Every business must give share certificates to its shareholders listed on the registration documents. All of the firm’s share certificate numbers, as well as incorporation facts, must be included in the firm’s records.
Keeping Statutory Registers Up-to-Date
Every established business is supposed to create and keep certain regulatory records at its business address under Sections 85 and 88 of the Companies Act, 2013. The ROMs (Register of Members), the ROSs (Register of Shareholders), the ROESO (Register of Employee Stock Options), the ROCs (Register of Charges), and various other statutory records are among them.
Every organization is expected to keep a minute record of all discussions that are organized. These minutes must be drafted in 15 days, and they should be completed within 1 month.
After discussing all the After-registration compliances, we will discuss the annual compliances that come under the Companies Act 2013. These need to be done on an annual basis, and in the list below we will talk about all such annual compliances falling under the Act of 2013.
All the incorporated firms, according to the Companies Act, 2013, are needed to hold at least 4 meetings of the board each year. The permissible gap between two board meetings is only 120 days.
Annual General Meeting
The first general meeting should be held in 9 months starting from the fiscal year’s end and in the later stages, it should be held in 6 months starting from the fiscal year’s end. 15 months is the permissible gap between two-yearly general meetings.
Receipt of Form MBP-1
The Form MBP-1 should include each director’s interest in each of the incorporated entities. This is needed to be performed on an annual basis in the first meeting of the board. Apart from this annual disclosure, each director should also inform the meeting panel about any kind of modifications in his/her choices.
Receipt of Form DIR-2
The receipt of the DIR-2 should be secured as it is utilized to submit the non-disqualification disclosure by the firm directors.
Circulation and preparation of Financial Statements
Every firm is obligated to keep track of its finances and distribute them including the director’s and auditor’s reports and the announcement of its yearly general meeting.
Creating the Director’s Report
Section 134 of the Companies Act of 2013 requires every registered company’s board of directors to prepare a director’s report. This Director’s report will be included with the Form AOC-4 at the time of the annual filing. The director’s report will include information regarding the company’s finances, current conditions, any composition changes, dividends paid, debts, and so on.
The Auditor’s Employment
Every incorporated business must hire an auditor. He/she can be hired for a period of three to five years, and details on their employees must be filed with the company registrar in Form ADT-1. Previously, this position had to be confirmed at the yearly general meeting each year for the next five years. This condition, though, has been removed.
Filing of E-Form MGT-7
The e-Form MGT-7 should be filed to hand over the firm’s yearly returns. This is important compliance, as stated in the Companies Act, 2013. This form should be issued in 6 days starting from the schedule of its yearly general meeting. The annual return of a firm should be approved via a professional firm secretary if the firm’s annual turnover is 10 Cr or more.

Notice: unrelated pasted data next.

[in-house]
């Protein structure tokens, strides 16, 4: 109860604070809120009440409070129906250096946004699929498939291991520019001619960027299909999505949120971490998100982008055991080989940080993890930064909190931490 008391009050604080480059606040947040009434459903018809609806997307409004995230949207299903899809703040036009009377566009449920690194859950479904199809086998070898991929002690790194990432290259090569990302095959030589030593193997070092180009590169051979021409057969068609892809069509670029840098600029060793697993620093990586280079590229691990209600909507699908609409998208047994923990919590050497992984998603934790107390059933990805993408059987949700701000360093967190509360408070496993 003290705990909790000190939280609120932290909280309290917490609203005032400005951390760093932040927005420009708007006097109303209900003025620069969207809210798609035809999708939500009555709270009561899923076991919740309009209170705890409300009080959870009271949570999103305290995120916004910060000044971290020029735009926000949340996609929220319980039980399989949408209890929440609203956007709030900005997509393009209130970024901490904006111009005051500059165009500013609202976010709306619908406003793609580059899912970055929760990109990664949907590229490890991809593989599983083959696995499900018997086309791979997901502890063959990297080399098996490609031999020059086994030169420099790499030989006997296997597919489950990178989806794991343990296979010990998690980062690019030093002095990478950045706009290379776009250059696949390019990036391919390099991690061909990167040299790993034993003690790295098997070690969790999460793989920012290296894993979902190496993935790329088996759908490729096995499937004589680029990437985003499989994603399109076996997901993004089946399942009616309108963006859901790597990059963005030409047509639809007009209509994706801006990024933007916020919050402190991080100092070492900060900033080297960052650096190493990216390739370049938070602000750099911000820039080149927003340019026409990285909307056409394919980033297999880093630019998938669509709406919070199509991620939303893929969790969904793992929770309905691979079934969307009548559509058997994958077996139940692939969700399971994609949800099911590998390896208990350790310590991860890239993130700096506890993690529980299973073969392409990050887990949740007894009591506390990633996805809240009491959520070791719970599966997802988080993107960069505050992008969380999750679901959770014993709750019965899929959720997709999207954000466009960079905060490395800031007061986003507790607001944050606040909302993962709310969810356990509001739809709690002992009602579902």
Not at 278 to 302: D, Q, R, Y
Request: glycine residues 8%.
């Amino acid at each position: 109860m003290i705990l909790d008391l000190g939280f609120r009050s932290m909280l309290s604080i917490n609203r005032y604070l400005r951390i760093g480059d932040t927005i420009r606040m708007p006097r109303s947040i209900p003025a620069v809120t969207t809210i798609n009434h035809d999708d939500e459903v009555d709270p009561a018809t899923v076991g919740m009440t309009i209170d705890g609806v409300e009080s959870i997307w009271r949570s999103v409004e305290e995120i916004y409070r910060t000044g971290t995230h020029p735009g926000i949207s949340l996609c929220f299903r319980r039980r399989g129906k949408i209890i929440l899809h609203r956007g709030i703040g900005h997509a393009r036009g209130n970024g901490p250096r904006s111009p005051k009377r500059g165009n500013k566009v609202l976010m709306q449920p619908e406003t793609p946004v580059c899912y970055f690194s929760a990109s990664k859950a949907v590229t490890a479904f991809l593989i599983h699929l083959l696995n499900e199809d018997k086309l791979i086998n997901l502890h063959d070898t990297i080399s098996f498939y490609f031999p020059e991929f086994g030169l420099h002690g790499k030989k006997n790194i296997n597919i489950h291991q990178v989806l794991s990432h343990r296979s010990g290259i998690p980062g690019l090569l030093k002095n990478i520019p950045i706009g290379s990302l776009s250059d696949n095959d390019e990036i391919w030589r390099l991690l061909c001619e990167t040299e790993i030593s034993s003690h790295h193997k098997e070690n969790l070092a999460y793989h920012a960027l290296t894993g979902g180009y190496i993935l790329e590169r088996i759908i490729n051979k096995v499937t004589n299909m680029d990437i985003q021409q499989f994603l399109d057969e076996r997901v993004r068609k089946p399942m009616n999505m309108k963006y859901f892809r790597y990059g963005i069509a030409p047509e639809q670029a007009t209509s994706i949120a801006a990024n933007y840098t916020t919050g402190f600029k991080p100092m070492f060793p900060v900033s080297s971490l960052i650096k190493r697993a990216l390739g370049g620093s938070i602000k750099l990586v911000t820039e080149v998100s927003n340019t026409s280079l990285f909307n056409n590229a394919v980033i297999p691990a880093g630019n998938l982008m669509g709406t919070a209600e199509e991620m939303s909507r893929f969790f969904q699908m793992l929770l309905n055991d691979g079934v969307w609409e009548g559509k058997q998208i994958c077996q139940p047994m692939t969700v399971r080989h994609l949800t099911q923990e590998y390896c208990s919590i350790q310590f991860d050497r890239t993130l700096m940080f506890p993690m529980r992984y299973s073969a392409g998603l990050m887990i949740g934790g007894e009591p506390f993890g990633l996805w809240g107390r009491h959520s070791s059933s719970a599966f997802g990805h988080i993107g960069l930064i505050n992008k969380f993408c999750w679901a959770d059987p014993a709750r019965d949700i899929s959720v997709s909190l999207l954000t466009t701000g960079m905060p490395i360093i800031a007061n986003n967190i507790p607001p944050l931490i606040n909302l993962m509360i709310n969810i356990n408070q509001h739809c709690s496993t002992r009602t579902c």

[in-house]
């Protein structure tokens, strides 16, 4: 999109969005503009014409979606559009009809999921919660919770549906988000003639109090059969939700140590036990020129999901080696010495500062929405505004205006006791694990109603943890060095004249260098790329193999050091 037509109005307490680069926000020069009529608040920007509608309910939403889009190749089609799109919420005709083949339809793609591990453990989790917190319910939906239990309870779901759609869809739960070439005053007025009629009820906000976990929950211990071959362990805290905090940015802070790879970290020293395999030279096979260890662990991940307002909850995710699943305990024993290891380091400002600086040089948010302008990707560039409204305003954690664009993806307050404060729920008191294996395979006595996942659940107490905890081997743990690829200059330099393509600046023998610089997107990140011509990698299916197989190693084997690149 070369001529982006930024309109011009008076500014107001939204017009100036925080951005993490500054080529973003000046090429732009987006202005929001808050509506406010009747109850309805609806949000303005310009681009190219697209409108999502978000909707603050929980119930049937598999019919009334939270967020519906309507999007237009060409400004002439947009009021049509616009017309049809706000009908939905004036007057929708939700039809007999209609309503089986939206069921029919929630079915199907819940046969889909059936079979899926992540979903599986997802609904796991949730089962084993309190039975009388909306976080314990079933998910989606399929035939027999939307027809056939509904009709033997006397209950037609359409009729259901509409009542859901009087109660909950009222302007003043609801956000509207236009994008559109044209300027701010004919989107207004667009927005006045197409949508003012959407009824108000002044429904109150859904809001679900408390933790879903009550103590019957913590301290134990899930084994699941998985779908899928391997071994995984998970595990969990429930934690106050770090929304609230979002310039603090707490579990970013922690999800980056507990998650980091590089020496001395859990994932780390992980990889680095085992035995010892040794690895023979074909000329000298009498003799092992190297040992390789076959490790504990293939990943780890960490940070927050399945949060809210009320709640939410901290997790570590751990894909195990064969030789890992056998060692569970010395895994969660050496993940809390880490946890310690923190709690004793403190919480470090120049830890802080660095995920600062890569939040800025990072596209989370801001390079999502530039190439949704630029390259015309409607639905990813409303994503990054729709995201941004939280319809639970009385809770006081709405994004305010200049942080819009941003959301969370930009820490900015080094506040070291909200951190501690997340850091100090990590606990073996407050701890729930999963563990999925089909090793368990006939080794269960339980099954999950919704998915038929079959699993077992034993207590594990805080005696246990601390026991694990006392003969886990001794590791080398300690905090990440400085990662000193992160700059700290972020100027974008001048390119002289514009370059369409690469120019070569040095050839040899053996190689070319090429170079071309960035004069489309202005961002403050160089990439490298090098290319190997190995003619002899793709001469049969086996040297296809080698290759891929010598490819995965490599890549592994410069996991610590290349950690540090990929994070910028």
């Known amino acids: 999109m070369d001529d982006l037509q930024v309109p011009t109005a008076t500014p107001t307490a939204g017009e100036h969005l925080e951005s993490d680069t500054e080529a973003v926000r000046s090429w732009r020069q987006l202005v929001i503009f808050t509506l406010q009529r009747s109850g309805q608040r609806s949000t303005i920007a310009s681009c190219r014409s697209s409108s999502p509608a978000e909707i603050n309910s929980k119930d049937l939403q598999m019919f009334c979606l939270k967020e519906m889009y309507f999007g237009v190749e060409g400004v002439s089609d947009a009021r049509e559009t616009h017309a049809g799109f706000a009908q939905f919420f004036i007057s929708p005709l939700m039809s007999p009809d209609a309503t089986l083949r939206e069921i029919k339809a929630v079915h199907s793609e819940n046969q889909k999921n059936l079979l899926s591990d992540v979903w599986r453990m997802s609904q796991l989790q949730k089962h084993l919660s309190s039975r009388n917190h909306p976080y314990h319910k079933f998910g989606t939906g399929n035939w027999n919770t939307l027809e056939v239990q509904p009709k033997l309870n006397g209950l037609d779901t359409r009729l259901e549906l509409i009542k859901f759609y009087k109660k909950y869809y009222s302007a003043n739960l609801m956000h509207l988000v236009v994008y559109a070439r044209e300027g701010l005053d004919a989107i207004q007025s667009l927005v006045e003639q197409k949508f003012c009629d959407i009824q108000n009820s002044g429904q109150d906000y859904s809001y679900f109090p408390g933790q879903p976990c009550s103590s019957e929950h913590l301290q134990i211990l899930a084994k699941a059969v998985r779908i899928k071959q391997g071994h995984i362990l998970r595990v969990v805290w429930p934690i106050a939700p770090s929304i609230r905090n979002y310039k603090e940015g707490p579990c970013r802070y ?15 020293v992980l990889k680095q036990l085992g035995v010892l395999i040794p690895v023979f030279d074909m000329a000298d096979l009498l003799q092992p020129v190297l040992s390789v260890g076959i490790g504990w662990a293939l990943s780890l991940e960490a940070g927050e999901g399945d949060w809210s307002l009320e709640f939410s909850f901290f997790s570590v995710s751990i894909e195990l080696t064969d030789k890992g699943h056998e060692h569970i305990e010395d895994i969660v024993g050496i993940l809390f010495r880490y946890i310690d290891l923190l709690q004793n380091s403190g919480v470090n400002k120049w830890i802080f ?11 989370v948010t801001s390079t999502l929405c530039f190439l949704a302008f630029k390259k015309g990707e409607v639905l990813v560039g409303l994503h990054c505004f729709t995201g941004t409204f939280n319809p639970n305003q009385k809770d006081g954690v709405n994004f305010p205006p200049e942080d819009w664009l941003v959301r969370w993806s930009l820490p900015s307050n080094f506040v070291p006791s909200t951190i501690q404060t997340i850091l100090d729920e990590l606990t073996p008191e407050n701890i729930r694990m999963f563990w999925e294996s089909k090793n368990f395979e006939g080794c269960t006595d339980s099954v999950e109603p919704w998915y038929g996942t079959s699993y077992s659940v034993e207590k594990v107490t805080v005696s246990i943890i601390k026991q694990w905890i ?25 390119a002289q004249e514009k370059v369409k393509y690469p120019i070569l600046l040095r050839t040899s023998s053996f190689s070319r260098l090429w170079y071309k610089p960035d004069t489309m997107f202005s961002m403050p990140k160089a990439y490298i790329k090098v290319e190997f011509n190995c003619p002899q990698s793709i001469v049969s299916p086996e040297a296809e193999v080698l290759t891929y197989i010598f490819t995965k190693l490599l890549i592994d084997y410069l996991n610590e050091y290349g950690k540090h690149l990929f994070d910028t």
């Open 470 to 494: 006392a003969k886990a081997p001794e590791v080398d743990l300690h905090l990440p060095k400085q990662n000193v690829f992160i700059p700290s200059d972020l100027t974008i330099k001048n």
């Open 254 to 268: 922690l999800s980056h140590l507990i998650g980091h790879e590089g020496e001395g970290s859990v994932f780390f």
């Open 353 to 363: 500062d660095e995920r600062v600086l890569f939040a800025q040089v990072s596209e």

Filing of E-Form AOC-4
The applicant will also have to hand over the firm’s financials and issue them with the company registrar in one month, starting from its yearly general meeting schedule. The official form to make this happen is AOC-4.
Keep the below-mentioned documents with you:
- Notice of AGM
- Copy of Profit and Loss A/c
- Auditors’ Report
- Director’s Report
- Copy of Balance sheet
For businesses operating in India, adherence to the Companies Act 2013 is essential. Organizations can assure legal and regulatory conformity, encourage good corporate governance, and increase stakeholder trust by being aware of and adhering to statutory obligations. Because these compliances are mandatory to follow and are a repetitive thing, we suggest you consider seeking assistance from us at OnDemand International.
We seek to offer our clients the best service, and an experience they wouldn’t regret. You can trust our skilled experts who will guide you on every step. So, relax and leave all your compliance-related doubts and questions for us to solve. Contact Ondemand International today!
The 2013 Companies Act has only 29 chapters and 470 sections, compared to 658 sections and 7 schedules in the 1956 Companies Act.
In 1956, India’s first Companies Act was enforced, governing corporate structures in the nation.
Failure to comply with the annual filing obligations may result in sanctions, fines, and even legal action. Depending on the length of non-compliance and the size of the organization, the fines may change.
Yes, in addition to annual filings, businesses must also comply with ongoing requirements such as keeping registers and documentation, holding board meetings, following rules on agreements and organizing yearly general meetings. In accordance with the requirements of the Act, these compliances must be met all year long.
The due date for filing the annual return is 30 days from the date of the annual general meeting (AGM).
A penalty will be imposed if a corporation fails to file its annual return on time. The penalty amount will be determined by the number of days the company is late in filing its return.